Highlights from the Third Quarter Edition
A resource for both advisors and investors, the Ivy Quarterly gives perspective on the portfolios, investment philosophy and holdings in a comprehensive format. The Ivy Team discusses world markets and where they are finding value today.
Why do we often write about central banks and the price-distorting effects of quantitative easing (QE)? We talk about it to help our clients understand why asset prices keep rising and why we refuse to fully partake in this central-bank-driven stock market mania. Markets are not being driven higher by strong economic fundamentals, which in turn lead to strong sales and earnings growth for businesses. Rather, stocks are rising because of actions by central banks through the portfolio effect of QE and by debt – i.e., poor fundamentals. Therefore, stock markets are extremely expensive. All of our funds have large cash weightings as we attempt to strike the tricky balance of participating in enough of the upmarket to keep our clients moving forward, but not risking losing most of their money if the markets experience another severe downturn.
Historically, the Mackenzie Ivy Funds have experienced poor short-term performance in the first 18 months of a bull market as confidence is restored and poorer quality/more cyclical companies soar. Similarly, we tend to underperform towards the end of a bull market. As complacency increases and markets go parabolic, we become even more careful and thus fall behind. However, we should caution that our poor performance over the last year does not necessarily suggest that the end of the current bull market is imminent. The great differentiator this time is central banks’ explicit involvement in driving asset prices higher, and that could go on far longer than anyone imagined. On the other hand, it could end tomorrow. No one knows. But the longer it goes on, the more difficult it will be to convince people about what is really happening and why they should be increasingly careful. Complacency, greed and rationalization dominate, and caution is abandoned. It’s a pattern that has been repeated time and time again and it will not end as long as central banks are allowed to continue to distort price discovery.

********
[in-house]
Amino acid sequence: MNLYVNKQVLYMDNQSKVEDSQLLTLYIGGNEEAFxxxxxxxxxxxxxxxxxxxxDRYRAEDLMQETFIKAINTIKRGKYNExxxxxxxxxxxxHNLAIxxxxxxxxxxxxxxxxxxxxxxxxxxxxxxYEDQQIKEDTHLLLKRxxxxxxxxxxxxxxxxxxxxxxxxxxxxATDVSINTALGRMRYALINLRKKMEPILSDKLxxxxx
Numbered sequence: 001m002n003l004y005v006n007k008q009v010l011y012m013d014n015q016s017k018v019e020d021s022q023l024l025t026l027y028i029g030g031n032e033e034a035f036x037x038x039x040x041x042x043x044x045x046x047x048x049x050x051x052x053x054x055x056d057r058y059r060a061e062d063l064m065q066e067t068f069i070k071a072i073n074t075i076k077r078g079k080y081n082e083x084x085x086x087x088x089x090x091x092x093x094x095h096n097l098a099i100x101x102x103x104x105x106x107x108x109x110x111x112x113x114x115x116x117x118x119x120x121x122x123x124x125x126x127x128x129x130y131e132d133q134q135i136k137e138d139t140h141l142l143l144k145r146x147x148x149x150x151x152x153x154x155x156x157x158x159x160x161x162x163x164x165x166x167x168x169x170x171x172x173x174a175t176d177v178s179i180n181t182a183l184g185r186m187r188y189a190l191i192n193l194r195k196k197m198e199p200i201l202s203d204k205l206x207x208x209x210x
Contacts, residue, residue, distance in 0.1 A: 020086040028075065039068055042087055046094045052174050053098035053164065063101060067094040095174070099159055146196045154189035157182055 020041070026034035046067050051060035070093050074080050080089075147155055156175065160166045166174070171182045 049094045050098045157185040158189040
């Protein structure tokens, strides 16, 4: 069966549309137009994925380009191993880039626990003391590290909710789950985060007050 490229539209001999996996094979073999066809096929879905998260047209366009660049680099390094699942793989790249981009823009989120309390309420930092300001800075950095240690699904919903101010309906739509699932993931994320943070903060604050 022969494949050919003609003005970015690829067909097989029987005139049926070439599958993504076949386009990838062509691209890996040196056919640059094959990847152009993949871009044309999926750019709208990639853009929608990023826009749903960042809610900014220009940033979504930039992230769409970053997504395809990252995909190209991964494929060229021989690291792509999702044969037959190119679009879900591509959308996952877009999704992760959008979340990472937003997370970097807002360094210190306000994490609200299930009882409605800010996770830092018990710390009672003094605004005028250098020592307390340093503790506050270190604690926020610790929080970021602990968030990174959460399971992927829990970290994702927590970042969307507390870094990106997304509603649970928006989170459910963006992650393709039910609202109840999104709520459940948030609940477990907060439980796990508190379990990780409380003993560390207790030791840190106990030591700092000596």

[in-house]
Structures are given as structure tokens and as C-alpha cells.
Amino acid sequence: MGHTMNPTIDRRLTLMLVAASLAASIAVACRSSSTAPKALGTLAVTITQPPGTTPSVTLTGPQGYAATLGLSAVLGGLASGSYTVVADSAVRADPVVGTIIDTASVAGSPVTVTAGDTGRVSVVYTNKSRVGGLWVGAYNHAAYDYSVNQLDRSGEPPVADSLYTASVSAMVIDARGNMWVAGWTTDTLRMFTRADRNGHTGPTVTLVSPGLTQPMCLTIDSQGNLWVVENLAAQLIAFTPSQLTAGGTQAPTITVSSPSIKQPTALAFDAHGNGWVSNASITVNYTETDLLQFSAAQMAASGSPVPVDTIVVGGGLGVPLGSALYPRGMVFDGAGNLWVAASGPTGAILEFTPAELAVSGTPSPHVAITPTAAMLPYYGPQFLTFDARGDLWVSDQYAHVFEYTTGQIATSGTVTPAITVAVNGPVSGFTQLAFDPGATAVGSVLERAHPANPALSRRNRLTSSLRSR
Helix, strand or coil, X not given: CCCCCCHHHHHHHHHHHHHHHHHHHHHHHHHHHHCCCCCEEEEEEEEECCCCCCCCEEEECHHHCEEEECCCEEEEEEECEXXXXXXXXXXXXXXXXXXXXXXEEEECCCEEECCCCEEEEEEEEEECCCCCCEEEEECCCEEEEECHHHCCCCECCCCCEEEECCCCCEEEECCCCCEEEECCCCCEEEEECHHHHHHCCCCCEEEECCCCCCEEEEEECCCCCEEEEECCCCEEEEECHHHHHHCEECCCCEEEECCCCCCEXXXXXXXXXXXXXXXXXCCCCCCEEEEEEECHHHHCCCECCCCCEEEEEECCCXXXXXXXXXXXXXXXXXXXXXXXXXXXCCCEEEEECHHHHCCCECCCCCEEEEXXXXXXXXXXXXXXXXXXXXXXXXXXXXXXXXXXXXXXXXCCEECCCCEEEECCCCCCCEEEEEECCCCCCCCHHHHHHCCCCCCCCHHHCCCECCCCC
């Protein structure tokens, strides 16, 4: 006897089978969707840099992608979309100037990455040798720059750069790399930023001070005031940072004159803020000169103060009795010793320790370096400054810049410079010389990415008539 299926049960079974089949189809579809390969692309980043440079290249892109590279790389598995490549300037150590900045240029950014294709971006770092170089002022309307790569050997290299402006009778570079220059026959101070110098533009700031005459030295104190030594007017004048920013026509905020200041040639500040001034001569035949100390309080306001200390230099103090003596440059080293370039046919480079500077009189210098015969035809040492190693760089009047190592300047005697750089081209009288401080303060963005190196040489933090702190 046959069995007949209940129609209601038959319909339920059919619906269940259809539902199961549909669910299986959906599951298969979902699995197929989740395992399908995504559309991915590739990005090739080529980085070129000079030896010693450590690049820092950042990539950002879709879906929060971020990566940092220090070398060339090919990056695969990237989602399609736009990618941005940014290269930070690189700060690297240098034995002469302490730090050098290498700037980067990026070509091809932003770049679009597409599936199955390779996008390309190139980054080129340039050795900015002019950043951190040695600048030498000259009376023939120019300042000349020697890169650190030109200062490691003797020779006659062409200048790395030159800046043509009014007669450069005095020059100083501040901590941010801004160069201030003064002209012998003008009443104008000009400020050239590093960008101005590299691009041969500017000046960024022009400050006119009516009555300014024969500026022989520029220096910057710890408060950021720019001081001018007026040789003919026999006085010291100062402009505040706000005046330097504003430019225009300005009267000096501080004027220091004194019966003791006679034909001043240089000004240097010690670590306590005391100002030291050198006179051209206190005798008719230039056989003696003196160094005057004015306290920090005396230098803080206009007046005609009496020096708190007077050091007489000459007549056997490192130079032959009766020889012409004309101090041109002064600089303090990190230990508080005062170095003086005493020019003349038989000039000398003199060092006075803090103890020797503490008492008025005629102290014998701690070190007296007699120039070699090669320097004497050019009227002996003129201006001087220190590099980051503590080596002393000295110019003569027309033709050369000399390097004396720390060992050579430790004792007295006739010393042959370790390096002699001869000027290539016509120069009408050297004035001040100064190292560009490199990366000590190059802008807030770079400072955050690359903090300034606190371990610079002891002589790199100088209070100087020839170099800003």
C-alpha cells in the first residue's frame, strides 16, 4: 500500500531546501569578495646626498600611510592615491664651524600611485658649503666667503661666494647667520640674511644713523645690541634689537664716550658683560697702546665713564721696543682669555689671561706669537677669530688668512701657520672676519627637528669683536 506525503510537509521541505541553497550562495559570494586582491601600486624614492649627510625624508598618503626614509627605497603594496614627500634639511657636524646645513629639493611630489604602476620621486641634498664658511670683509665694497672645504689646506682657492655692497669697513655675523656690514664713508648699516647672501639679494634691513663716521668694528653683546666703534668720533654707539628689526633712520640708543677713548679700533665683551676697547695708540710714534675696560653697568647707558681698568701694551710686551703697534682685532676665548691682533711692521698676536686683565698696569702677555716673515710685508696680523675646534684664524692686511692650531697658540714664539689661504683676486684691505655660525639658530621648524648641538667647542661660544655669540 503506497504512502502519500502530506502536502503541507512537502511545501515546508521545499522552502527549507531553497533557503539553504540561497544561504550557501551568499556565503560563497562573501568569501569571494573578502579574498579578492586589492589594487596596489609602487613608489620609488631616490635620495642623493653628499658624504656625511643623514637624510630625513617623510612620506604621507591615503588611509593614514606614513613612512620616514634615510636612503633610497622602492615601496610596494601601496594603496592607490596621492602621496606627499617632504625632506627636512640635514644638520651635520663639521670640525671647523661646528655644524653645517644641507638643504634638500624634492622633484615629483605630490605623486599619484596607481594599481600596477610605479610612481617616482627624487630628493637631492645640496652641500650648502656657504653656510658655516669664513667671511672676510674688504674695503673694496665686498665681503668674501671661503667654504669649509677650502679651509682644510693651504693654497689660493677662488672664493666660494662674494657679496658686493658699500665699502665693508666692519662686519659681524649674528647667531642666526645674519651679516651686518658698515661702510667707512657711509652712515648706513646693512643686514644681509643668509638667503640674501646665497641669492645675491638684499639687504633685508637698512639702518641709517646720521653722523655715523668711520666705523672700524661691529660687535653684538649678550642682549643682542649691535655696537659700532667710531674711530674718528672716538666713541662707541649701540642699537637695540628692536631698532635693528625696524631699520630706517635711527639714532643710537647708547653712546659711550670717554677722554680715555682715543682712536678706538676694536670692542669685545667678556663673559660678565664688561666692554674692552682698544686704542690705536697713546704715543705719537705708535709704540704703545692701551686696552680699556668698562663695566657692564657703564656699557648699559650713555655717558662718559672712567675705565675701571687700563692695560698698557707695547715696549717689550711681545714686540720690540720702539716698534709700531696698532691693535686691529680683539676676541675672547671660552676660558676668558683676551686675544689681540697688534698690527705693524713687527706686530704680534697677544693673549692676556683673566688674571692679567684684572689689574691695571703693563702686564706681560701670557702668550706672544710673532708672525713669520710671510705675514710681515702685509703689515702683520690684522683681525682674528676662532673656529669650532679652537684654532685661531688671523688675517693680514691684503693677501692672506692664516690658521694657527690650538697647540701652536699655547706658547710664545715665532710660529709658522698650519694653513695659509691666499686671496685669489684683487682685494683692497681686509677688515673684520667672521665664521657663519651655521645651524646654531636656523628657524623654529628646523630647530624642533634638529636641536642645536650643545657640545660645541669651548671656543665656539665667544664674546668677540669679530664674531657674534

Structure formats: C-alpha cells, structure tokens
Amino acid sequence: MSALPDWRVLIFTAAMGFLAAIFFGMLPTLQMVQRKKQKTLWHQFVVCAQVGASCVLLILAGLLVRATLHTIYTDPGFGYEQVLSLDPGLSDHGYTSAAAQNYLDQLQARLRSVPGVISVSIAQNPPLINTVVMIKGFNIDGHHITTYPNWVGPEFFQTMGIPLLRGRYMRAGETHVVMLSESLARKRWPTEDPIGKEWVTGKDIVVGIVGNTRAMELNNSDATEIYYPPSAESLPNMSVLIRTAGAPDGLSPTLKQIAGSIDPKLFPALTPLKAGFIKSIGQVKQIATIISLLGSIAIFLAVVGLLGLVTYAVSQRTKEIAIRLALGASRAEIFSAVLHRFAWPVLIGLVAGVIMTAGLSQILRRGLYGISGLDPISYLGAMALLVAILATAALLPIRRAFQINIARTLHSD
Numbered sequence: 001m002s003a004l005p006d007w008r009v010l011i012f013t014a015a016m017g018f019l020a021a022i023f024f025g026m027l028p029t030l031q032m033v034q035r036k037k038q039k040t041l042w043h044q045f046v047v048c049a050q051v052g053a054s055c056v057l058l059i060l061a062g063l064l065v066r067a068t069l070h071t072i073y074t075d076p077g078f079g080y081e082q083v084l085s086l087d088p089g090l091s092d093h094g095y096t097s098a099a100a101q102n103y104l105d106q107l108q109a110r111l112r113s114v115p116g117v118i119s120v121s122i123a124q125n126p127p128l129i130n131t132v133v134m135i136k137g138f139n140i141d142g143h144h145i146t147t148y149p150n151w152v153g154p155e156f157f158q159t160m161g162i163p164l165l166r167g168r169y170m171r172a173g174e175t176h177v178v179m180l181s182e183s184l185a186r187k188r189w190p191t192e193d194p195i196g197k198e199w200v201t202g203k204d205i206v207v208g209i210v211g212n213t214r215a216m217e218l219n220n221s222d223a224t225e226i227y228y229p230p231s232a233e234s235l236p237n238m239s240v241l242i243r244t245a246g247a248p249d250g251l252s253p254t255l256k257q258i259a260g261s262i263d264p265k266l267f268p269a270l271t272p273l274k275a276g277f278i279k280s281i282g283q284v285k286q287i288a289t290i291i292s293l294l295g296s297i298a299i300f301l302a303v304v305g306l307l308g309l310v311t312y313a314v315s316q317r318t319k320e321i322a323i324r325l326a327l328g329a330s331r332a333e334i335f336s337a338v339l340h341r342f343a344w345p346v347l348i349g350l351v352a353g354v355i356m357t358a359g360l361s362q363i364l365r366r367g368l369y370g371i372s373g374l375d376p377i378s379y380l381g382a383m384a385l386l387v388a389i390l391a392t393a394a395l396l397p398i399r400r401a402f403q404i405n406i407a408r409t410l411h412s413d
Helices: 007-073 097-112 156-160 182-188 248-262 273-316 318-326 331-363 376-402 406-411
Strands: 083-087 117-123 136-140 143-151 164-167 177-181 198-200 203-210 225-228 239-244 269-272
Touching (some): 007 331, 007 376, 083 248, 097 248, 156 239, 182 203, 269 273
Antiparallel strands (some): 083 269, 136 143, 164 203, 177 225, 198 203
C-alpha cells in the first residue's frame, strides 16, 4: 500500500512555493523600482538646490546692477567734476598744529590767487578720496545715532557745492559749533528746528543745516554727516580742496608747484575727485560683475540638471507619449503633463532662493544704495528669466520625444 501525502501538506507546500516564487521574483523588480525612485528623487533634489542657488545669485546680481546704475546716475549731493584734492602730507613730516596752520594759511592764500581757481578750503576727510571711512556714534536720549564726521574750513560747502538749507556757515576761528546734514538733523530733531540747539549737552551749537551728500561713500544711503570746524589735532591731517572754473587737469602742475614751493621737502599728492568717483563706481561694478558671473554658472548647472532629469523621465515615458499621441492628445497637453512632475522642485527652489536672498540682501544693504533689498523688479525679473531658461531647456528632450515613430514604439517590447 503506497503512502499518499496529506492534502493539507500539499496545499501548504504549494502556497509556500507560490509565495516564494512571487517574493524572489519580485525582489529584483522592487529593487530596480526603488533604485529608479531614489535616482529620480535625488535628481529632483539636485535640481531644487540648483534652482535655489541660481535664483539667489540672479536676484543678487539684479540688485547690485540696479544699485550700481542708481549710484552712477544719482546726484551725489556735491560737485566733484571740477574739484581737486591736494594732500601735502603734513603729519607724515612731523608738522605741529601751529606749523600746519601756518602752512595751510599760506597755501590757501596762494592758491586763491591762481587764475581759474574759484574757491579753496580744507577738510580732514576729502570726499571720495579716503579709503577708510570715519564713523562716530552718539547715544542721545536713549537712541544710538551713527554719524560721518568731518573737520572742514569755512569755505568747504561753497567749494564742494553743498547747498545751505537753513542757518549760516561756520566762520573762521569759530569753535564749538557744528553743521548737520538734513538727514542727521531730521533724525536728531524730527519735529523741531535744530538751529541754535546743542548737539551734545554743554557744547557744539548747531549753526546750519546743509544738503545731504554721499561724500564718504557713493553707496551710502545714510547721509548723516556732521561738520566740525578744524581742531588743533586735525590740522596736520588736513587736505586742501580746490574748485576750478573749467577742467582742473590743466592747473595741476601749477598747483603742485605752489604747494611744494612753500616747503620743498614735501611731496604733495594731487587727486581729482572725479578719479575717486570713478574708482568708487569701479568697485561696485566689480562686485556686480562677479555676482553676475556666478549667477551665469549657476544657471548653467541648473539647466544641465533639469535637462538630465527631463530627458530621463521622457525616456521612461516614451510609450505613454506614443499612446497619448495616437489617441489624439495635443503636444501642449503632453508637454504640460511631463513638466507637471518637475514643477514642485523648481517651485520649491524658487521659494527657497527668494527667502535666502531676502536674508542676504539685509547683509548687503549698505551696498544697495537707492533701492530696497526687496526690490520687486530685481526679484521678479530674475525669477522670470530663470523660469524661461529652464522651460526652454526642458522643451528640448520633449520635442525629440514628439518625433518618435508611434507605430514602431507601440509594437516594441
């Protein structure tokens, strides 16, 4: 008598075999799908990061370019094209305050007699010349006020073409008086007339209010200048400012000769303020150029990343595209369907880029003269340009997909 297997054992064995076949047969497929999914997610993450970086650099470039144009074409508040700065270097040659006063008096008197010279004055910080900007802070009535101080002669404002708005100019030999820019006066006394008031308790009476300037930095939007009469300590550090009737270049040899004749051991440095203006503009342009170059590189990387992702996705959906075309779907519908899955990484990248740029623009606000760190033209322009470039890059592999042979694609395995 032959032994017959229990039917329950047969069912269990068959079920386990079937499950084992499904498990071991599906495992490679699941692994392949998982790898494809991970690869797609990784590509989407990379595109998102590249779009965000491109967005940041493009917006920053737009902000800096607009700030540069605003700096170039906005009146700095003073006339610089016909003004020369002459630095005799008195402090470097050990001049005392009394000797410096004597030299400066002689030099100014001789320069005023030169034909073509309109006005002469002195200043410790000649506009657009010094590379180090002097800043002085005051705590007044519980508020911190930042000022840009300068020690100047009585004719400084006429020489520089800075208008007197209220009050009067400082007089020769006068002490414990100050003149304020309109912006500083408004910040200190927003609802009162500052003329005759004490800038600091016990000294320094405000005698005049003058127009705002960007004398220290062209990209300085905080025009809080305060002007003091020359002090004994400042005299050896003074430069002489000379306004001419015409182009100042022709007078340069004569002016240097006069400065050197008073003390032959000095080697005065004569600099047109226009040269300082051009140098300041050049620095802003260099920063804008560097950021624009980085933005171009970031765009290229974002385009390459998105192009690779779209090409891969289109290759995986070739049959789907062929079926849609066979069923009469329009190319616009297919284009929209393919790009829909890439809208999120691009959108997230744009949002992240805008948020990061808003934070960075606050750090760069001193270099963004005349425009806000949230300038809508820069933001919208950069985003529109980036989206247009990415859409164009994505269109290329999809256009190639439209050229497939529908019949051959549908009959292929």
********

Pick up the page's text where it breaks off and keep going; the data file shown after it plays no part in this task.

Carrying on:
In this Ivy Quarterly Review, we attempt to explain how central banks are driving stock markets higher and how the pernicious effects of inflation and QE distort price discovery, impair economic fundamentals and transfer wealth, resulting in increasing wealth/income disparity.